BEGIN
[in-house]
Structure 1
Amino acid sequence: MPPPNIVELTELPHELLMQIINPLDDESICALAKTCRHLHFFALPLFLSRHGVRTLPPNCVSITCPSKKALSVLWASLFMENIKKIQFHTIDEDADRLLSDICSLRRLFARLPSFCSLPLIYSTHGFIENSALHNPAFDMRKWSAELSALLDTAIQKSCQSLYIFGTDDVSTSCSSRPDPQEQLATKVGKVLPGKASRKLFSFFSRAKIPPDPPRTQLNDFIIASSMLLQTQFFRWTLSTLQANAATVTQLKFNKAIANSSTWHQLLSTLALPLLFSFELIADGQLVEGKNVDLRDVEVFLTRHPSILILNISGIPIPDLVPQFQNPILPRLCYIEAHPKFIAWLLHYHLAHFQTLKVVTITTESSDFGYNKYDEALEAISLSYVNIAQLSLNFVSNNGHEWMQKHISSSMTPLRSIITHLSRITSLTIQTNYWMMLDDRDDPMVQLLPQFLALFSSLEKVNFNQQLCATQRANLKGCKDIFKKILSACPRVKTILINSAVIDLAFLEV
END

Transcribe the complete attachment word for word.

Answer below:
[in-house]
Structure 1
Amino acid sequence: MPPPNIVELTELPHELLMQIINPLDDESICALAKTCRHLHFFALPLFLSRHGVRTLPPNCVSITCPSKKALSVLWASLFMENIKKIQFHTIDEDADRLLSDICSLRRLFARLPSFCSLPLIYSTHGFIENSALHNPAFDMRKWSAELSALLDTAIQKSCQSLYIFGTDDVSTSCSSRPDPQEQLATKVGKVLPGKASRKLFSFFSRAKIPPDPPRTQLNDFIIASSMLLQTQFFRWTLSTLQANAATVTQLKFNKAIANSSTWHQLLSTLALPLLFSFELIADGQLVEGKNVDLRDVEVFLTRHPSILILNISGIPIPDLVPQFQNPILPRLCYIEAHPKFIAWLLHYHLAHFQTLKVVTITTESSDFGYNKYDEALEAISLSYVNIAQLSLNFVSNNGHEWMQKHISSSMTPLRSIITHLSRITSLTIQTNYWMMLDDRDDPMVQLLPQFLALFSSLEKVNFNQQLCATQRANLKGCKDIFKKILSACPRVKTILINSAVIDLAFLEV